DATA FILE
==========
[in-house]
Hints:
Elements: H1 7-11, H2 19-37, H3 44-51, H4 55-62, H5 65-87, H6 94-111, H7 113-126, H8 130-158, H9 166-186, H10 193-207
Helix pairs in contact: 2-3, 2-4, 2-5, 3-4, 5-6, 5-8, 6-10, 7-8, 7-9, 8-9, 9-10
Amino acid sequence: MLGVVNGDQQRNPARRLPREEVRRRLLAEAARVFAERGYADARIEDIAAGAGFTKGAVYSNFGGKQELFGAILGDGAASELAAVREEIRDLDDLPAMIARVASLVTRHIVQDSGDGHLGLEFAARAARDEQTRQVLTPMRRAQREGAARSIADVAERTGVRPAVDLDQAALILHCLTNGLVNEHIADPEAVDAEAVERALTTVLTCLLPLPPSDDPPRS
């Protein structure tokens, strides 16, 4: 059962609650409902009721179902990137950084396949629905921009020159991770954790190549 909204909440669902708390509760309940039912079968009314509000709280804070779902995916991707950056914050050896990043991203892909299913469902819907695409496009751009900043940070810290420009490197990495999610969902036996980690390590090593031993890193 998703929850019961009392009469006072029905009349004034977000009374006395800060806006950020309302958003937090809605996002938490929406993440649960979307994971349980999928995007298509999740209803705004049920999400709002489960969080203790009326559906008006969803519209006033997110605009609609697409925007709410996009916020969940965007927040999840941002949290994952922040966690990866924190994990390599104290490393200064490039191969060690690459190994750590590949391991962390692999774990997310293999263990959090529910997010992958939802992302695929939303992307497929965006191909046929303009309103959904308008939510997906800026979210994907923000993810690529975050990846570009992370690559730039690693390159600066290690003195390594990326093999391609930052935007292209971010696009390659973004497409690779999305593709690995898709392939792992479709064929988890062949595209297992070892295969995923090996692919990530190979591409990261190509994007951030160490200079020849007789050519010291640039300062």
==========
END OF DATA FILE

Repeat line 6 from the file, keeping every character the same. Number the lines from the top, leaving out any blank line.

């Protein structure tokens, strides 16, 4: 059962609650409902009721179902990137950084396949629905921009020159991770954790190549 909204909440669902708390509760309940039912079968009314509000709280804070779902995916991707950056914050050896990043991203892909299913469902819907695409496009751009900043940070810290420009490197990495999610969902036996980690390590090593031993890193 998703929850019961009392009469006072029905009349004034977000009374006395800060806006950020309302958003937090809605996002938490929406993440649960979307994971349980999928995007298509999740209803705004049920999400709002489960969080203790009326559906008006969803519209006033997110605009609609697409925007709410996009916020969940965007927040999840941002949290994952922040966690990866924190994990390599104290490393200064490039191969060690690459190994750590590949391991962390692999774990997310293999263990959090529910997010992958939802992302695929939303992307497929965006191909046929303009309103959904308008939510997906800026979210994907923000993810690529975050990846570009992370690559730039690693390159600066290690003195390594990326093999391609930052935007292209971010696009390659973004497409690779999305593709690995898709392939792992479709064929988890062949595209297992070892295969995923090996692919990530190979591409990261190509994007951030160490200079020849007789050519010291640039300062």